Doug Farrar (Football Outsiders/Seahawks.net) emailed me this counterpoint to my list of reasons I don't think the Seahawks should sign Grady Jackson. Now, naturally, I don't agree with all of his points, but it doesn't seem sporting to argue them when he doesn't have a chance to defend himself. For clarity I've italicized my original points. If the Jackson signing ever moves past square one, we can revisit this discussion, but for now, without further adieu, here's his counterpoints:
1. He's 34 nearing 35.
Fair point, but if you're looking to do a short-term fix in rotation (which is all the Seahawks should be looking at right now), he's not a bad option. Jackson hasn't missed a game since 2004 - that's never a sure predictor, especially at his age, but it's worth mentioning.
2. His agent is Drew Rosenhaus, so he's not going to sign cheap. Seattle has roughly ten million in cap room, would you rather that be spent on resigning Tru and/or Lock next offseason or on Jackson and whoever else we can then afford?
I'd rather they did all three. The Seahawks will most likely have even more cap room next season, as the current CBA mandates a base dependent on a percentage of revenue. John Clayton has estimated that it could top out at $120M when all is said and done. Besides, Jackson's age and post-trade deadline status really do affect his market value.
3. Jackson becomes redundant the second Tubbs returns.
And the thought of Marcus Tubbs returning and starting in the NFL again is a bit like the thought of Metallica making a truly great album once again - it's theoretically possible, but history's really against it at this point.
4. Brandon Mebane has earned the chance to start; Jackson isn't going to accept playing only sporadically behind the rookie.
Brandon Mebane has earned the chance to start, but the Seattle coaching staff has (hopefully) earned their paychecks by being smart enough to realize that any defensive tackle in rotation has a better chance of lasting the season, especially if said tackle is the only one with his particular skillset. Mebane is a good (potentially elite) zero- or one-tech, but he's a bit of a hybrid three-tech as well in his pass pursuit. Seattle has to go with something more than one legit nose tackle and a bunch of personifications of the Tim Ruskell Midget Defense Theory (Rocky Bernard being the obvious exception, but he's another Swiss Army guy).
5. The Falcons defense was no better at stuffing short yardage than Seattle. That's especially important to note because the Falcons defensive line is very similar to Seattle's. With a one a gap, penetrator at left defensive tackle, and a pair of well rounded ends. Seattle has allowed 73% of power runs to be successful, Atlanta has allowed 73% of power runs to be successful.
The only problem with the general rating is that it doesn't specify who was doing what and when. If we look at Jackson's specific FO metrics for the 2006 season, he ranked 30th in the NFL in Stop Rate against the run, but his yards per rushing play (0.9 YPP) was second behind only Fred Robbins of the Giants among defensive tackles.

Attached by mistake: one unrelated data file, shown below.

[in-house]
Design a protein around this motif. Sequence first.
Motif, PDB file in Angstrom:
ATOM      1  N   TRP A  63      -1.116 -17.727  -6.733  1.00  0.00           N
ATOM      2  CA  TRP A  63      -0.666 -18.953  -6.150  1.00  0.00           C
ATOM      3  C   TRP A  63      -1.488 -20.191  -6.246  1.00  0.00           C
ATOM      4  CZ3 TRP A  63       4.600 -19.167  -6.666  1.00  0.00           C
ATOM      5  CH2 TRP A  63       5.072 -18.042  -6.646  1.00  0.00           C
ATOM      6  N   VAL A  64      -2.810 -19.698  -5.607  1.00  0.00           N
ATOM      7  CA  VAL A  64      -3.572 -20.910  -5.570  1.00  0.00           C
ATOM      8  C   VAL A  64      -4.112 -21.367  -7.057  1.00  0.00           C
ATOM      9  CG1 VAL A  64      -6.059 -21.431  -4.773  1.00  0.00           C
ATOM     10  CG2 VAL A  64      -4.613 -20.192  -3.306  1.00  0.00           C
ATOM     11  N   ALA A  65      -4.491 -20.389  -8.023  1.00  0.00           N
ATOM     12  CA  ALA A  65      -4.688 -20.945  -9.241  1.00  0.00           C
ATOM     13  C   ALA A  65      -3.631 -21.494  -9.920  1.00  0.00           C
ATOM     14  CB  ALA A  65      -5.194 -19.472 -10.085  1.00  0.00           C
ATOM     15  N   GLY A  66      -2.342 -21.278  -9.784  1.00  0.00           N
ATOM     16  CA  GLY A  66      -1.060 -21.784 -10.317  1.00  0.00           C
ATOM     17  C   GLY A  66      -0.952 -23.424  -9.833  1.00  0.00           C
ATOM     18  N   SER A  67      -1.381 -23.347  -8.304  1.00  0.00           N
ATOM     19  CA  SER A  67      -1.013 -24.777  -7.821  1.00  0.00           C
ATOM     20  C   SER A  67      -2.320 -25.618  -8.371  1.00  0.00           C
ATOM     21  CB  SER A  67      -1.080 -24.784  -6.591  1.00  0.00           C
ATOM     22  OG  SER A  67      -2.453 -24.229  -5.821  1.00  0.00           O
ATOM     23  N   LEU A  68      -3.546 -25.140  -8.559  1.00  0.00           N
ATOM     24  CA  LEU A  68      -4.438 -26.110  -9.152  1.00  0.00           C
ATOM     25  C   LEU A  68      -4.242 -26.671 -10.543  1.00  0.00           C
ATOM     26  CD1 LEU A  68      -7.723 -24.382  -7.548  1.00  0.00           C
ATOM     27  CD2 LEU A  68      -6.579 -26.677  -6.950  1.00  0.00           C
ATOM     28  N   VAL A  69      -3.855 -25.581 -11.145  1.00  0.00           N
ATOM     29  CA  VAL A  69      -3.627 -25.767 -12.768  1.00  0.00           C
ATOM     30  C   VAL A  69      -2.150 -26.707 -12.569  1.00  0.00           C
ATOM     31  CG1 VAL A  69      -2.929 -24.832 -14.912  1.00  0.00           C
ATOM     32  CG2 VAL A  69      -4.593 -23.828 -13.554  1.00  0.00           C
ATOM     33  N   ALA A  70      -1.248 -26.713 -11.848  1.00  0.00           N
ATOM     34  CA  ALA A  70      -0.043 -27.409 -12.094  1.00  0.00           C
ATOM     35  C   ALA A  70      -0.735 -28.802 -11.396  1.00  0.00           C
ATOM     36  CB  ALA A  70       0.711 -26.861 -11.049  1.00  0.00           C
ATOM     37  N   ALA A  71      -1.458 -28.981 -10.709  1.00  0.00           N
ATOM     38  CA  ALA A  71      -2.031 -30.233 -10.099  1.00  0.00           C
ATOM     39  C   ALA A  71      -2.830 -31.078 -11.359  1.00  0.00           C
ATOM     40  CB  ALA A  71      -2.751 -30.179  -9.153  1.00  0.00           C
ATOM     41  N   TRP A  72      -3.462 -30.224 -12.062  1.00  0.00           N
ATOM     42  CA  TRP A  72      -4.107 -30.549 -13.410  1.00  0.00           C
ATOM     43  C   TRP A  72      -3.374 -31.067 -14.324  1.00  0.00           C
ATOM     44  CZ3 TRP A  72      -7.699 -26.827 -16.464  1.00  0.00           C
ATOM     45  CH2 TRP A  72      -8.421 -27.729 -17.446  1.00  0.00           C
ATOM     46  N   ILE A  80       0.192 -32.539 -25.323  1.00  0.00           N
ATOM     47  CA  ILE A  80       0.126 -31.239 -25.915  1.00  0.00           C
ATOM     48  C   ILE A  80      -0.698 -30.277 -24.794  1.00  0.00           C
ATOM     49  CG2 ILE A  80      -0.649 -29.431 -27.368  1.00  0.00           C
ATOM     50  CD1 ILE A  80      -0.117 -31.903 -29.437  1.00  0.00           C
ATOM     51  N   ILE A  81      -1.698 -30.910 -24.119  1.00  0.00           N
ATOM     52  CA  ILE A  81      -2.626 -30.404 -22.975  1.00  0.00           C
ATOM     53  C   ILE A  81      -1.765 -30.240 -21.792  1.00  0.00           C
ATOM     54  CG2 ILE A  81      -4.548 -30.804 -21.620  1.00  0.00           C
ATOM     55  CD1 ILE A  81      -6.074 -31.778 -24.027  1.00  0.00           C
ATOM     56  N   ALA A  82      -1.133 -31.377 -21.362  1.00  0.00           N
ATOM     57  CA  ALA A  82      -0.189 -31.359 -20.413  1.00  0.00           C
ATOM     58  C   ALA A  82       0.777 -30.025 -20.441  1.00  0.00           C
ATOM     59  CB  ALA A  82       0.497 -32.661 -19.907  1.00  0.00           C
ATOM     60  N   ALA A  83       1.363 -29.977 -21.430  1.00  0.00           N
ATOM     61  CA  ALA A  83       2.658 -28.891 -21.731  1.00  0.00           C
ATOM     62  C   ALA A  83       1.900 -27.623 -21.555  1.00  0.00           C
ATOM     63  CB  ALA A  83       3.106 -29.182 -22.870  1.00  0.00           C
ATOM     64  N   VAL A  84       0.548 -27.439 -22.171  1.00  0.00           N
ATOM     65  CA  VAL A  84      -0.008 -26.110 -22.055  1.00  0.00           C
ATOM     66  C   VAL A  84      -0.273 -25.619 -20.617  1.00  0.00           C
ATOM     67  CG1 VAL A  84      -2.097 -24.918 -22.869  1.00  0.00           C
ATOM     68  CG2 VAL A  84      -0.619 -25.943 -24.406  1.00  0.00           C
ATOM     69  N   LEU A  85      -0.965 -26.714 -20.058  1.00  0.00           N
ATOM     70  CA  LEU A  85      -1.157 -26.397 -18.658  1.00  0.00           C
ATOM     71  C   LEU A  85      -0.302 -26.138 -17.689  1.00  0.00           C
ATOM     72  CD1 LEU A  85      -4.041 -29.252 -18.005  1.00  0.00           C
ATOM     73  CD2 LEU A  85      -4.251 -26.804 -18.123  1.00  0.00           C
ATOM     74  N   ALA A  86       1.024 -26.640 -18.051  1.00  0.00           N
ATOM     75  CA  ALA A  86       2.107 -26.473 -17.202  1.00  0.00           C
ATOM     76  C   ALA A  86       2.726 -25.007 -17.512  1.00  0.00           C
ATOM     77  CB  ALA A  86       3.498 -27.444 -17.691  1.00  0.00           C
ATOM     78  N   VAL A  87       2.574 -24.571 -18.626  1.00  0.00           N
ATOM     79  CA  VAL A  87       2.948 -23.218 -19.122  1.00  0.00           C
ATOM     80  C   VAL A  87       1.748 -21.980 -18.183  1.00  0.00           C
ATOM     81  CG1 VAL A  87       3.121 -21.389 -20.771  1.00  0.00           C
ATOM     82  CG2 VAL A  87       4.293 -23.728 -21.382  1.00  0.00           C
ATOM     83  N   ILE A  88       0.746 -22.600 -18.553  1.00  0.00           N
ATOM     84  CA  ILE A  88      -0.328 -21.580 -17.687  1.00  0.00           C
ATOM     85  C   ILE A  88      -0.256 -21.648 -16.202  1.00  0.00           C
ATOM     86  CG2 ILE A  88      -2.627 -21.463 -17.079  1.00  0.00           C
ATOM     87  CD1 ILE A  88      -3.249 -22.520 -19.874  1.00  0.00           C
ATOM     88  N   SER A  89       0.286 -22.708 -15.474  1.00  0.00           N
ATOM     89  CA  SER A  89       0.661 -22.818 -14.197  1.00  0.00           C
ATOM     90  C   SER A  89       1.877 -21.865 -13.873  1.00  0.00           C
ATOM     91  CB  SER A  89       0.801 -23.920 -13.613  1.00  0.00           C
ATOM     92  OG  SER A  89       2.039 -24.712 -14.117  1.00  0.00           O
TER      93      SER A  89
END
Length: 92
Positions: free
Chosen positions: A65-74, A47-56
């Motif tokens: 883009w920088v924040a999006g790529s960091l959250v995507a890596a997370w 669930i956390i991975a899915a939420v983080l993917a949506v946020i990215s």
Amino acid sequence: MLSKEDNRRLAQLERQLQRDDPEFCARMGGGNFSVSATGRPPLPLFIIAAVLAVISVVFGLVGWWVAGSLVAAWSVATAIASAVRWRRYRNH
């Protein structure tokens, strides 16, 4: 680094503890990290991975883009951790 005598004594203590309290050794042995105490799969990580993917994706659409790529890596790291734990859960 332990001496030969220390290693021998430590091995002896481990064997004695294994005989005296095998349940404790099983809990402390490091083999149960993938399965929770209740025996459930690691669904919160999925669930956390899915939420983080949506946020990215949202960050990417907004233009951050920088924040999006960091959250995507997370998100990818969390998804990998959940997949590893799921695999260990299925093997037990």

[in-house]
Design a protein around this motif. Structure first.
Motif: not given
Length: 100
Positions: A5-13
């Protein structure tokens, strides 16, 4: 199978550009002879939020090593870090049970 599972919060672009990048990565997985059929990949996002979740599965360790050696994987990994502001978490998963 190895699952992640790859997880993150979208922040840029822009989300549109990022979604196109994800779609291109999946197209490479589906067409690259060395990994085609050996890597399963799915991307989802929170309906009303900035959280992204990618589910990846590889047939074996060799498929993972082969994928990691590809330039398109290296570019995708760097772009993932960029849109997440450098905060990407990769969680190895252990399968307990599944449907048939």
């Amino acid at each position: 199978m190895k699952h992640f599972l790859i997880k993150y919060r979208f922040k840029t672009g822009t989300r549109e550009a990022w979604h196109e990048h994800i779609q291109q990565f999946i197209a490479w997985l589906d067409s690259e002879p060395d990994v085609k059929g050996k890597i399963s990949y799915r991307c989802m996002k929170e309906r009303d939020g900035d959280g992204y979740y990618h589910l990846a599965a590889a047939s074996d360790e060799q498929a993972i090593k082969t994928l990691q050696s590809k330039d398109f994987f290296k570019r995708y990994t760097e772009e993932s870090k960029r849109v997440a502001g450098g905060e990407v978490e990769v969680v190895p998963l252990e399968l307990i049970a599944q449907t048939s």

6. Seattle is very good at stopping runs up the middle and behind left tackle: 8th and 5th respectively. Atlanta is 14 and 21st.
Right, but where would they be without a legit nose tackle if (God forbid!!!) Mebane got hurt? Where will Atlanta be in a month?
7. Jackson has limited pass rush ability, making him a poor fit for the system.
I'm not sure it makes him a bad fit for THIS system - Tim Ruskell would put 15 pass rushers on the field at the same time if he could, but there are guys flying in from everywhere, especially on passing downs. Someone has to man the point, soak up blockers, blah blah blah (insert other nose tackle clichés here).
8. Jackson is about as popular as the plague. Why bring a question mark into a team that has extraordinary chemistry?
Ruskell's going to get a lot more intel from his old friend Rich McKay (not to mention a certain secondary coach) than we could ever hope to have. There are things about Ruskell's free agency work that give me the heebie-jeebies, but his emphasis on character isn't one of them. If he goes after Jackson at all, I'm not even worried about that.
And though it's not been one of your contentions, I've been laughing my a** off at the idea that "if he's not good enough for the Falcons, he's not good enough for us." Atlanta's FO has had some remarkably spectacular personnel whiffs of late. Maybe if he's not good enough for the Falcons, the Falcons don't know what they're doing. Or, maybe he's a liability for a rebuilding team and an asset for a squad still in the hunt.
9. Grady Jackson is not the difference between Seattle winning the Super Bowl or not.
Sure, but you don't generally get difference-makers at that level off the waiver wire or in a mid-season trade. You get pieces that help. You get a Booger McFarland, and your run defense starts to turn around when it needs to. You get people who can help YOUR specific team, and fill holes that YOUR team has at that point. Maybe that pushes the Seahawks over the line in the one game they need to win for a home field playoff game. Maybe a pissed-off Jackson with something to prove is the guy who stops Marion Barber dead in his tracks in the Divisional round.
I think we may be seeing what Grady Jackson could do for the 2007 Seahawks a bit differently - you may be looking at a longer-term albatross, and under those specific circumstances, I'd agree. But there's tremendous value if you can identify those players who can, on a short-term basis, and for their own longer-term prospects elsewhere, make it happen for your team right now. I just think there's a way to come at this that makes a great deal of sense for the Seahawks, and it's something that I'd like to see happen under the right circumstances.